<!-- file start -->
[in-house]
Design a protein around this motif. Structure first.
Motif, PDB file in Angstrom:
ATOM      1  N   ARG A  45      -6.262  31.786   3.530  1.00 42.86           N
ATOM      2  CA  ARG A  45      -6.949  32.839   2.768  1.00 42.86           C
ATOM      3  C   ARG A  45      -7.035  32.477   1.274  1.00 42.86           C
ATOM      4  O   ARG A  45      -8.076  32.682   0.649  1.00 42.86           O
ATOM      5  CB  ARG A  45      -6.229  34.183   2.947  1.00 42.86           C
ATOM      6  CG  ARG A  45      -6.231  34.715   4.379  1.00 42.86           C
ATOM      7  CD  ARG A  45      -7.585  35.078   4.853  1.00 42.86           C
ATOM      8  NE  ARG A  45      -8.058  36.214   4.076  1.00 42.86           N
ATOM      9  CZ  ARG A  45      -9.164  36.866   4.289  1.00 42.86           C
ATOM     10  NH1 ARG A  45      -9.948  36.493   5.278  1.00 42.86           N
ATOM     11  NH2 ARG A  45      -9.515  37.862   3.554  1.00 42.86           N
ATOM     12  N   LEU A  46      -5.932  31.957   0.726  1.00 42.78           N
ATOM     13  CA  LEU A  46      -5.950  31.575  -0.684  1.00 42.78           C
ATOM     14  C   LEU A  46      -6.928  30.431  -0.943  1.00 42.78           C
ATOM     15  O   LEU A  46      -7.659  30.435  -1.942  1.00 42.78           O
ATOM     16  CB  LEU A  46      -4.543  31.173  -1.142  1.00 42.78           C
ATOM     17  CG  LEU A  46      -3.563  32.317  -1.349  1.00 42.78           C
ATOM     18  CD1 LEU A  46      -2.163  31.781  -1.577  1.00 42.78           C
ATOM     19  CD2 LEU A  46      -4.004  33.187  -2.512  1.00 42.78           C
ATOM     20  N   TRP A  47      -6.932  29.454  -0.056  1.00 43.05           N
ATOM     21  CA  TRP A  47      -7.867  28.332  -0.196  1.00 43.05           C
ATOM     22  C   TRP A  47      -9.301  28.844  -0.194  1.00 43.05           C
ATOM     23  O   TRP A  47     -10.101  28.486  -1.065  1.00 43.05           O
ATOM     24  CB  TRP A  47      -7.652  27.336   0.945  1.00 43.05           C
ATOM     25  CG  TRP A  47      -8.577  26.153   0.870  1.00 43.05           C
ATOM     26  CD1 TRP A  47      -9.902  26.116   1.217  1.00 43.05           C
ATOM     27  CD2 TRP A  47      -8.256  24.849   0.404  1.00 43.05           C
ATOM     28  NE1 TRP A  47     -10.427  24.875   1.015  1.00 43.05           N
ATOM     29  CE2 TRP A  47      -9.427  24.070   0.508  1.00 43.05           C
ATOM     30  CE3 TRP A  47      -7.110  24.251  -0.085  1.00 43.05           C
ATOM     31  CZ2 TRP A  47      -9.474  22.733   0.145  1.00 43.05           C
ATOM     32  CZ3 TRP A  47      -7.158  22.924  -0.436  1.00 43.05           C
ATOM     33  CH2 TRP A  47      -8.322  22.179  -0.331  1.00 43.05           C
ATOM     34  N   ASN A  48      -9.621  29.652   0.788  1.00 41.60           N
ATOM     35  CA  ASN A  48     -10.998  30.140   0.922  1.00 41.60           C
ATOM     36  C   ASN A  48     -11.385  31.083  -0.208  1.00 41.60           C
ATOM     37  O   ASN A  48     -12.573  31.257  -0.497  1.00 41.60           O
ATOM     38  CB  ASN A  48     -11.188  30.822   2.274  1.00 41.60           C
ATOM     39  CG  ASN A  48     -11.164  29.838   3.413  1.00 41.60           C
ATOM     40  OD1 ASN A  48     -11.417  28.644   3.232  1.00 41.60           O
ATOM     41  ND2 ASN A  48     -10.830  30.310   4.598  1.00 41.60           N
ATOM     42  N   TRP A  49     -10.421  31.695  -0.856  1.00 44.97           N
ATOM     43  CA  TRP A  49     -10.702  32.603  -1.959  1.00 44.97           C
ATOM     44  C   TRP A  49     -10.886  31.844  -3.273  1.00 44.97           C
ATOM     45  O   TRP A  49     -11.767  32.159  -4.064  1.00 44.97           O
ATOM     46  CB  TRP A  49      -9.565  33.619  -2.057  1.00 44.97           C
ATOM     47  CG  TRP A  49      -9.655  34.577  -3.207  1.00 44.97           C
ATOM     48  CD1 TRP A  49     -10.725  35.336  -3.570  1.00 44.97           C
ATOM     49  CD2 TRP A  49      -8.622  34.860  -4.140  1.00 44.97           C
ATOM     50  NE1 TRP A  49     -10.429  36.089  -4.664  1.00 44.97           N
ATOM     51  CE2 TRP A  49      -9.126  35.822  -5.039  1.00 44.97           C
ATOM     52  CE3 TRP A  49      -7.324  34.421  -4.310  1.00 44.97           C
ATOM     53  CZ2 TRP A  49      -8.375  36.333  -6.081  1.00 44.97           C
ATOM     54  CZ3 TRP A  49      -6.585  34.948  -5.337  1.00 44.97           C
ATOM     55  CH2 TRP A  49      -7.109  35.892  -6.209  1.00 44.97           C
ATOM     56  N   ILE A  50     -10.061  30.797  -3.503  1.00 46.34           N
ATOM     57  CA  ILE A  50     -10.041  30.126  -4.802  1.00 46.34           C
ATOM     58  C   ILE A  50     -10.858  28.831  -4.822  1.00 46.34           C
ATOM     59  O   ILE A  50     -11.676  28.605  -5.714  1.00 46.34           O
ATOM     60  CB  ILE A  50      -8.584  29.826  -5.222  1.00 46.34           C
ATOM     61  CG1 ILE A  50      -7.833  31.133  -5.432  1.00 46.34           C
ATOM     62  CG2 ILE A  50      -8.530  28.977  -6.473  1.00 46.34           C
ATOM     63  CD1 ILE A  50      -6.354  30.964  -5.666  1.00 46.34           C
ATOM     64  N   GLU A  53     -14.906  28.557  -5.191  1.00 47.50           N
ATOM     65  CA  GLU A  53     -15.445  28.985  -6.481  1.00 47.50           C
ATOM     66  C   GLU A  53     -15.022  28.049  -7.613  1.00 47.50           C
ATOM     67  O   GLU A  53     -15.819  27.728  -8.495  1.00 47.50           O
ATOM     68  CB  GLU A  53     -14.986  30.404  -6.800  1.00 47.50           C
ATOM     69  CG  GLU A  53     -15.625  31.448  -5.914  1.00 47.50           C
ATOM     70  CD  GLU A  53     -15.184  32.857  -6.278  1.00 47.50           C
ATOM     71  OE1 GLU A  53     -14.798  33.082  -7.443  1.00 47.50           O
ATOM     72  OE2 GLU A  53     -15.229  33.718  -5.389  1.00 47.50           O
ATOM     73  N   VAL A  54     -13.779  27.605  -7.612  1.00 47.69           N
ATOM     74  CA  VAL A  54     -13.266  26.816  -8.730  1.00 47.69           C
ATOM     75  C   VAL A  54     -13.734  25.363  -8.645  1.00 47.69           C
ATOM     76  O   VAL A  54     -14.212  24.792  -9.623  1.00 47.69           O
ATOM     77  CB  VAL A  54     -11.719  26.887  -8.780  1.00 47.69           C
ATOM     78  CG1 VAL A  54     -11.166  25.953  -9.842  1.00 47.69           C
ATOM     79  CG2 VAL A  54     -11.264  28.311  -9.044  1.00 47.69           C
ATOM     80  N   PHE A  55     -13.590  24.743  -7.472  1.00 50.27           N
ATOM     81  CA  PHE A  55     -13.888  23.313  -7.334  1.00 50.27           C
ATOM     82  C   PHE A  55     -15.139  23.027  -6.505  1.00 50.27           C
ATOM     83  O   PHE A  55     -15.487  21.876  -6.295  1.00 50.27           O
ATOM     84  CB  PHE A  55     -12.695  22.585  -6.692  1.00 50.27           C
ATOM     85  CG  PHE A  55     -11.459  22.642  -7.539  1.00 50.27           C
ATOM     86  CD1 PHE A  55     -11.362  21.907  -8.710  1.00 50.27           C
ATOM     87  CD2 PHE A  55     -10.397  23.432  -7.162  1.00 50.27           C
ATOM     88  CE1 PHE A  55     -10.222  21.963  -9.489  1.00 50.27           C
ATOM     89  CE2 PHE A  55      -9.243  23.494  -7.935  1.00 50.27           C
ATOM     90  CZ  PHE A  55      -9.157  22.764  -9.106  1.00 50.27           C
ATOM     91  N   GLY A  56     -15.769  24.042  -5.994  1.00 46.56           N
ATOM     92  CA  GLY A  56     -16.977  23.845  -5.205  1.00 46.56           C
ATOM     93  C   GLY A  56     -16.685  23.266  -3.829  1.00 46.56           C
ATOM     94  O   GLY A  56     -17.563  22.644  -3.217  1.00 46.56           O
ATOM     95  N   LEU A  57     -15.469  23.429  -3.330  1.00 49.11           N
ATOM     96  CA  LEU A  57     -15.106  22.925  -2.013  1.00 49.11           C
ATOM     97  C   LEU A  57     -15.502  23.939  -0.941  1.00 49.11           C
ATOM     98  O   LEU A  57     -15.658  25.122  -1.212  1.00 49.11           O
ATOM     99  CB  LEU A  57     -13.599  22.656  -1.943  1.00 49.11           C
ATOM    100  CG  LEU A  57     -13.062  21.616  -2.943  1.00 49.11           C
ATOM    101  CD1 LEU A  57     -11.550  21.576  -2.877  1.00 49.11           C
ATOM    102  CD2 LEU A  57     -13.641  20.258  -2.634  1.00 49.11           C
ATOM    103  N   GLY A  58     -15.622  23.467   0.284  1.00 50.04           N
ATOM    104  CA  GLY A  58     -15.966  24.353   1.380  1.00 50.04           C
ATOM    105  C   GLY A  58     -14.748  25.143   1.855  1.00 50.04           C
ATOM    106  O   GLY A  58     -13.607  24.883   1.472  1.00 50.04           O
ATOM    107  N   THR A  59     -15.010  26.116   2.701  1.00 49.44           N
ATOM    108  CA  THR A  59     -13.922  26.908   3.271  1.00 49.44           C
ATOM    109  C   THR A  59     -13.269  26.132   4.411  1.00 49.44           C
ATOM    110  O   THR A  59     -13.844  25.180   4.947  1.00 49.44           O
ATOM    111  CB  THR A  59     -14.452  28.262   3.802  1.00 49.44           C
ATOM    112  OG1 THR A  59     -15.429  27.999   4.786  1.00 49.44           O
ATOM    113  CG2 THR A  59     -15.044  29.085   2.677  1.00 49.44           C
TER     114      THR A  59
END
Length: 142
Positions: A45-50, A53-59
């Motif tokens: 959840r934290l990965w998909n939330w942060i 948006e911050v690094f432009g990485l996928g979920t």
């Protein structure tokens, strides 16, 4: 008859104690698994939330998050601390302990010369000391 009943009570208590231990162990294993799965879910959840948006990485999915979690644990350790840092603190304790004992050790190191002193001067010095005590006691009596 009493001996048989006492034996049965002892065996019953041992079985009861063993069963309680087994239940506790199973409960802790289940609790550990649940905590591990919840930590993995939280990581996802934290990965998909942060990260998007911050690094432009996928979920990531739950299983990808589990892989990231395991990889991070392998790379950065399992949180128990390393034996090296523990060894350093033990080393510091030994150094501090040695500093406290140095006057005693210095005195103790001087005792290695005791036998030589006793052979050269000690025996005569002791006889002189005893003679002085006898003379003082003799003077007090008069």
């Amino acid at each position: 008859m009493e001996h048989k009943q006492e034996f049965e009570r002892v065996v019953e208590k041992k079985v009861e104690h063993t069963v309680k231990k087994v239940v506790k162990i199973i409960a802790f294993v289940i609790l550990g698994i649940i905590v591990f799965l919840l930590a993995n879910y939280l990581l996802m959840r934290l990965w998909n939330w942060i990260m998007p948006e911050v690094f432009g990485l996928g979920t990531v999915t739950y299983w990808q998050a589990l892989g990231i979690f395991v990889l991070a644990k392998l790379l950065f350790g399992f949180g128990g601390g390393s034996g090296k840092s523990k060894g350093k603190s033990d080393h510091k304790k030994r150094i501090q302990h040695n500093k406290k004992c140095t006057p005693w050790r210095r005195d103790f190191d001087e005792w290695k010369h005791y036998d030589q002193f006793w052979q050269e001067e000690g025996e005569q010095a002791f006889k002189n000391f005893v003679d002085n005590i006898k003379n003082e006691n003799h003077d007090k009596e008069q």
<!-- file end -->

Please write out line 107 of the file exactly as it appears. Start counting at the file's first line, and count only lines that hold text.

ATOM    104  CA  GLY A  58     -15.966  24.353   1.380  1.00 50.04           C